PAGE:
Leaders who enroll employees to lead implementation will free up their time for more important work.
Last week, we talked about building a more collaborative environment to empower employees and create less dependence on hierarchy. This week, we build on this to share ideas for enrolling employees. When employees are directly involved in the execution, they are more likely to successfully implement and sustain the new environment.
In my new e-book, Activate: 15 Steps to Profitable Strategy Execution, we discuss creating transformational capacity by understanding and leveraging resistance, and by creating employee teams to drive the implementation of your strategy. Last year, I shared my proven approach to resistance. In this post, I share that resistance is not only good, it is necessary.
Depending on the nature of your strategy implementation, you may want to consider one or both of the following approaches to enrolling your employees.
Functional Readiness Teams. Organize employees into functional teams responsible for the implementation of the change in their area. These teams include subject matter experts and creative problem solvers. They meet regularly to discuss the change impacts within their function, act to coordinate needs specific to their area, and identify and elevate risks and issues that might impede their success.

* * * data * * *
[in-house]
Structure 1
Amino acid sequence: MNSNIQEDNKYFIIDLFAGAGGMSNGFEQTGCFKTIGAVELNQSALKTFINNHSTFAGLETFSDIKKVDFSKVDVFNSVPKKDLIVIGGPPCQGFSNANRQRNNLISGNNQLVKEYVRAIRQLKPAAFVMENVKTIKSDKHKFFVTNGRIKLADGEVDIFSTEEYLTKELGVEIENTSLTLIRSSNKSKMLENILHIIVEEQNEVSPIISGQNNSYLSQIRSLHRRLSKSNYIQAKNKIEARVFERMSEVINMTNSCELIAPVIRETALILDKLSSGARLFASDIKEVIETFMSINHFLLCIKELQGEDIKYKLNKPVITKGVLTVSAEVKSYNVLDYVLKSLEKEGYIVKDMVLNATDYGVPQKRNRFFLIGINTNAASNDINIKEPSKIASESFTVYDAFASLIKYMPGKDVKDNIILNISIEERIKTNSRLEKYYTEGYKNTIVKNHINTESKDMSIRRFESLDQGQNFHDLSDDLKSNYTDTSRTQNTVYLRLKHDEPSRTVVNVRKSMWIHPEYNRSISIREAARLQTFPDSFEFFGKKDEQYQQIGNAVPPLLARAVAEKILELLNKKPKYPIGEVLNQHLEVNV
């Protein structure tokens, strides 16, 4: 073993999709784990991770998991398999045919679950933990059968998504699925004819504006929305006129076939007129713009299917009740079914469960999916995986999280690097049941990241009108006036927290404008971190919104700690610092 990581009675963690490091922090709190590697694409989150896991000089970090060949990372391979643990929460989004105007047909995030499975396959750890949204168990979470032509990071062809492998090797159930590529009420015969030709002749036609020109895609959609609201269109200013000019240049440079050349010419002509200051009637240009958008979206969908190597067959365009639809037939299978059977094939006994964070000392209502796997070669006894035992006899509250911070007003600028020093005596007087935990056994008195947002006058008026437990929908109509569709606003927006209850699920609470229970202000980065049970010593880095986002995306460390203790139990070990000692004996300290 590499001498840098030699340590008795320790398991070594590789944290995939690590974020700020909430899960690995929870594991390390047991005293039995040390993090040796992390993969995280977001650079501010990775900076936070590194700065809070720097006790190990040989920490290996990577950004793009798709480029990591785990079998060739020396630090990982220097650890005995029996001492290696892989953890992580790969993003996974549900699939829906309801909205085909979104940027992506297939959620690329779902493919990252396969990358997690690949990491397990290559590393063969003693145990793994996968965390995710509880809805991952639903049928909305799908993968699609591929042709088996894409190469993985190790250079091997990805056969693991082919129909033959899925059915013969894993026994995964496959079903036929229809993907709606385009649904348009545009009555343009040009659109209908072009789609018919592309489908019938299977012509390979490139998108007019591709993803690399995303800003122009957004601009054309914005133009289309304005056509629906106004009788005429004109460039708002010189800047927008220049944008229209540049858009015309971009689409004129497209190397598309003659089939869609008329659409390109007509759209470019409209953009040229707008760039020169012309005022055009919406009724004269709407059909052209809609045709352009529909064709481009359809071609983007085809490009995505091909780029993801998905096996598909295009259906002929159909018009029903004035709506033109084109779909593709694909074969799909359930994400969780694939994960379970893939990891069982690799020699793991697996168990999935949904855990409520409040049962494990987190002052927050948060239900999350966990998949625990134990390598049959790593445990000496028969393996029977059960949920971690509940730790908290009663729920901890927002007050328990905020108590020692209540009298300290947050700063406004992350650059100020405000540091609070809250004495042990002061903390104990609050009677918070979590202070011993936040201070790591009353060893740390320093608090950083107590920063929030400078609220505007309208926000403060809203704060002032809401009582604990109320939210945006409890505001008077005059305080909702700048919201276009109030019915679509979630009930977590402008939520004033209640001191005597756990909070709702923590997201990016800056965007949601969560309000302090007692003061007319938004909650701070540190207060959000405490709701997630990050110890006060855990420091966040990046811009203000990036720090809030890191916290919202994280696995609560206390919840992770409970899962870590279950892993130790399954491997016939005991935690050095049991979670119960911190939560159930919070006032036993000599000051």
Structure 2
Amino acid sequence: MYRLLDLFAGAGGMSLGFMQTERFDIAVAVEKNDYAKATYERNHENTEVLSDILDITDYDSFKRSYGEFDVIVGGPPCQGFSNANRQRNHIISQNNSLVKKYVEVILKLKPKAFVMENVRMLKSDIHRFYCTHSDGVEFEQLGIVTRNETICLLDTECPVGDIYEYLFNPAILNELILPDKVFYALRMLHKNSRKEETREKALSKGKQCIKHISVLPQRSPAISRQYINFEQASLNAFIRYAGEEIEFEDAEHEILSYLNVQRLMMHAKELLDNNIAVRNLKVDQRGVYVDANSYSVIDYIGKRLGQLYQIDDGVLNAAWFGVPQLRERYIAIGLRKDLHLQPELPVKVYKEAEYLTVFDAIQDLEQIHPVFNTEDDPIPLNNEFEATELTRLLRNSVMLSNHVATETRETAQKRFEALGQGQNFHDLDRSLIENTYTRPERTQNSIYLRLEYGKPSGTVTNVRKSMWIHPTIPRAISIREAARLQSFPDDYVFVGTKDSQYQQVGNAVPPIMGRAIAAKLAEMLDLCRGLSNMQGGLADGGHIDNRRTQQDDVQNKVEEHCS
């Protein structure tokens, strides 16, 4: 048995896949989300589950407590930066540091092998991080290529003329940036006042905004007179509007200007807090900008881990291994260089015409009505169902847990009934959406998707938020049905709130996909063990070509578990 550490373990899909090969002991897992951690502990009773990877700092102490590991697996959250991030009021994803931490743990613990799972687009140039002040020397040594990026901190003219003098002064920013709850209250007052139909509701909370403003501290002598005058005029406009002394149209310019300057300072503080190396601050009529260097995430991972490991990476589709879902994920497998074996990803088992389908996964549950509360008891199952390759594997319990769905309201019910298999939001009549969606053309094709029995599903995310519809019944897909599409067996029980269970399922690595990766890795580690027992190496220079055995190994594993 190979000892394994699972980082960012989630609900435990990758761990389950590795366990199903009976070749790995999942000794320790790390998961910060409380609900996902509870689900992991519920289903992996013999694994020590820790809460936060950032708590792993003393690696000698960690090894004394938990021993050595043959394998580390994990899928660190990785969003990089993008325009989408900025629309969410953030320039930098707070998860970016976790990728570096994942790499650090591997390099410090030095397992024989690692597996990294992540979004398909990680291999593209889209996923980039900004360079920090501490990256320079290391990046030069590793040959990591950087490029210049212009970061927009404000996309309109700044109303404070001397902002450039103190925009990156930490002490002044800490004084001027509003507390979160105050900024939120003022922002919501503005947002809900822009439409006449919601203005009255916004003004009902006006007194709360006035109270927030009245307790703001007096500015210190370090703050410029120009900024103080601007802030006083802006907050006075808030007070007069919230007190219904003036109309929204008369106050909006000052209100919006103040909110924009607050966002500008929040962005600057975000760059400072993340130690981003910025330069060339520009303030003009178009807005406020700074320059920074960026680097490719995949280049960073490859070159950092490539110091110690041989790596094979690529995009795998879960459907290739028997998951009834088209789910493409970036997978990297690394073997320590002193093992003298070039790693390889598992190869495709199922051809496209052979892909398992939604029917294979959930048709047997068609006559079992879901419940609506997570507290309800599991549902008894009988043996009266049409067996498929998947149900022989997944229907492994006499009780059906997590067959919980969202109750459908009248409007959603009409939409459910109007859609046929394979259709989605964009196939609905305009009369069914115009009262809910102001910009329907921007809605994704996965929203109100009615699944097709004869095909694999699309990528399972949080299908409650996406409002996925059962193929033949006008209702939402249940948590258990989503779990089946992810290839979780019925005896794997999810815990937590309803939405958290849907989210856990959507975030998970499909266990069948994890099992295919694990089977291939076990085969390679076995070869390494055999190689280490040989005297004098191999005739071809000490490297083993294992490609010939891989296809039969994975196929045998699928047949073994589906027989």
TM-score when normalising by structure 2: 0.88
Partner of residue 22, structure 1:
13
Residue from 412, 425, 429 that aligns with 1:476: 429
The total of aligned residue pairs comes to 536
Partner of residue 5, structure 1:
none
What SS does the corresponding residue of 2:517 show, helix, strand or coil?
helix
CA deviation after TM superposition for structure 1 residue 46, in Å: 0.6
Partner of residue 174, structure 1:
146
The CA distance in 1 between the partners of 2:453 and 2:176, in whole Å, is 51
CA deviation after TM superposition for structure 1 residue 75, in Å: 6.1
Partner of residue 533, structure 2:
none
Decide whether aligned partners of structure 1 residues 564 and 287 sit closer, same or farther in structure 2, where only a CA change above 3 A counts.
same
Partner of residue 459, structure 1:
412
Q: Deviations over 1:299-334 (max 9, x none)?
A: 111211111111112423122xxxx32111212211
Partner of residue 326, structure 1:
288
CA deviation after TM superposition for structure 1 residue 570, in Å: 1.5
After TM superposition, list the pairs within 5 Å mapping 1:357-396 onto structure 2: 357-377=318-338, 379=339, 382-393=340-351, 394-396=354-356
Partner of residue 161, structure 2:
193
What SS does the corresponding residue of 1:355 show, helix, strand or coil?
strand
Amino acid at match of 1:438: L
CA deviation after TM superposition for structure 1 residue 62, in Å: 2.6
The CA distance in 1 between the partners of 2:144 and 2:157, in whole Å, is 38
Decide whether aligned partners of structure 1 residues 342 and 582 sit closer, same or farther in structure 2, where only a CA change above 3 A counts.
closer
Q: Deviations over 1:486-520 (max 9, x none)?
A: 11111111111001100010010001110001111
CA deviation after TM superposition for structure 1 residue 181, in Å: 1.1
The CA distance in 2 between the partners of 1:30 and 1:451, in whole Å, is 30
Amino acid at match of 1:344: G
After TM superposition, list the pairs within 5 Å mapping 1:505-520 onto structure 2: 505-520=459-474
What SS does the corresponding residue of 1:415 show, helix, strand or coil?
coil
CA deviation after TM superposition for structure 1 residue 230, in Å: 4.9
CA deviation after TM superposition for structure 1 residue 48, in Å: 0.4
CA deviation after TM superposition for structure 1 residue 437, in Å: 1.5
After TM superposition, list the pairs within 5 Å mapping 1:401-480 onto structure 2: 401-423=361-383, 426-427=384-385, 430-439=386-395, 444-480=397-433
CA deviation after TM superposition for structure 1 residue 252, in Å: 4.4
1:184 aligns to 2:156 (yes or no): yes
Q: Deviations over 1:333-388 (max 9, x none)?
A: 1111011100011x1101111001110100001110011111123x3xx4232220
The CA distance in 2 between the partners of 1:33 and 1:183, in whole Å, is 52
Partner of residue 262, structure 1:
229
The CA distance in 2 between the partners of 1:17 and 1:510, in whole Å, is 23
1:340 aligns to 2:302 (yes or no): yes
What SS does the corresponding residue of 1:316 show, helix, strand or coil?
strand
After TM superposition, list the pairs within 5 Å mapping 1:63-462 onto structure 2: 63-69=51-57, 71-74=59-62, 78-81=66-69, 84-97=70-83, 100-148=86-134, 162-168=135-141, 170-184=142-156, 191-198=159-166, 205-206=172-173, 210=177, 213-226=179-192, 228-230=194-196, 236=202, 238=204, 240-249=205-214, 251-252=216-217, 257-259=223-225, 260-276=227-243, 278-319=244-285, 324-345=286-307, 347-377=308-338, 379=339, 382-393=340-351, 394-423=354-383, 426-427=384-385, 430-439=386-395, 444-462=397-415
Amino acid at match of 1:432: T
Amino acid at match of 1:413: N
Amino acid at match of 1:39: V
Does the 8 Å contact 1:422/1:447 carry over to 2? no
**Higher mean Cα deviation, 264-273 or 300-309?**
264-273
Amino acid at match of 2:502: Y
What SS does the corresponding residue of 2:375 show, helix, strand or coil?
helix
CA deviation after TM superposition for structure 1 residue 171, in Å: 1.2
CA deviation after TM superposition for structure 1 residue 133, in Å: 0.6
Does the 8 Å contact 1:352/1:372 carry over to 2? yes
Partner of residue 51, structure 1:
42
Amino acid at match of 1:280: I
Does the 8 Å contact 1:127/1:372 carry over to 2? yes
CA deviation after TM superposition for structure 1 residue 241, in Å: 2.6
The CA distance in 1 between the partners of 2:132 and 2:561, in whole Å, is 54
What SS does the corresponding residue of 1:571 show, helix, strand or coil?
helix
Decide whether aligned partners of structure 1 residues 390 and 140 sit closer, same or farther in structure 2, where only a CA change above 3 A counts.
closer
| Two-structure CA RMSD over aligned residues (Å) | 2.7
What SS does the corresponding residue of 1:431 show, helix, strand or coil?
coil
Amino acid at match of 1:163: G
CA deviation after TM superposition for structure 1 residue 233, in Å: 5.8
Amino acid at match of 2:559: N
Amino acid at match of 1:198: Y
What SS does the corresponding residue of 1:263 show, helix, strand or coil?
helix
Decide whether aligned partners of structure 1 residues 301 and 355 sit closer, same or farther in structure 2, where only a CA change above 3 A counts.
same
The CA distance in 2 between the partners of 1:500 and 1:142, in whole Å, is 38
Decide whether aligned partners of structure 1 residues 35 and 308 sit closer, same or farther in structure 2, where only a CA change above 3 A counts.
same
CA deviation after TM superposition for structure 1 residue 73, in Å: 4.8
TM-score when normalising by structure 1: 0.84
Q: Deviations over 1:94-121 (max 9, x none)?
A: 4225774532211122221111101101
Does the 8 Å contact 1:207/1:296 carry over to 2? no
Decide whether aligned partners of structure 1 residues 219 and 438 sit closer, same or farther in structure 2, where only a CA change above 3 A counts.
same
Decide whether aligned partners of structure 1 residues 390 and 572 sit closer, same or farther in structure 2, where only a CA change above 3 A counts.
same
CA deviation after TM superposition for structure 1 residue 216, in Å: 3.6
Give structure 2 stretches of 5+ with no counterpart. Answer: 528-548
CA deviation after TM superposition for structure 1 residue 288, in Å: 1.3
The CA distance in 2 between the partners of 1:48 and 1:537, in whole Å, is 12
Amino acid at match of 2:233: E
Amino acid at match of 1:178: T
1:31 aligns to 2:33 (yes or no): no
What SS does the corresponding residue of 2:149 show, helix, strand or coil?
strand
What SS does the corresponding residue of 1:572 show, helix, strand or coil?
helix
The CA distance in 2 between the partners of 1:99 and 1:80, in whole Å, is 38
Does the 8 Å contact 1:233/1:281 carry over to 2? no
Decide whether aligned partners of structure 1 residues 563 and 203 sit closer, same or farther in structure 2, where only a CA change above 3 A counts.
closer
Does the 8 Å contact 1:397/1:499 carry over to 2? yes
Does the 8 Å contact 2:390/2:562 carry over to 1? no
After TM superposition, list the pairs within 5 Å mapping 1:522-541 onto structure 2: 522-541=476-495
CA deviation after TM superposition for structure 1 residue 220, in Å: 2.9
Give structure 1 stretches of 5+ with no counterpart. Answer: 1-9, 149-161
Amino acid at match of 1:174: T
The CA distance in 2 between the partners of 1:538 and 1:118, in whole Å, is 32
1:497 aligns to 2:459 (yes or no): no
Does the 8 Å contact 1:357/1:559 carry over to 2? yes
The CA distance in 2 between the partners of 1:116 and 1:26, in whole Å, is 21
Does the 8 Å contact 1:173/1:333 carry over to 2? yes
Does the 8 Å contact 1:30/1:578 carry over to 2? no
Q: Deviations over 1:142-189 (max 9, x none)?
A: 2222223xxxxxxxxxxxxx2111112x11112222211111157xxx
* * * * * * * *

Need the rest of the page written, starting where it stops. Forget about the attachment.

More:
Change Action Network. A Change Action Network is made up of frontline employees from each of the impacted functional areas. They meet to discuss the changes in their respective areas, particularly those that might have an impact on other functions. They then identify actions they need to take to adapt to risks and issues within their respective functions.
The Change Action Network may be made up of individuals serving on the Functional Readiness Teams. This way individual members serve both the cross-functional (horizontal) and functional (vertical) elements of the change. This accelerates the dialog necessary to drive change.
You might think this sounds like over-engineering your implementation team. In one enterprise implementation in which I was involved, we implemented both team structures. The Functional Readiness Teams did a great job preparing their function for implementation, and even took the lead on resolving issues at “go-live.” The Change Action Network was instrumental in communicating changes across the organization – both within their own functions and across the organization. It was one of the most successful projects for the company.
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Dedicated to your profitable transformation,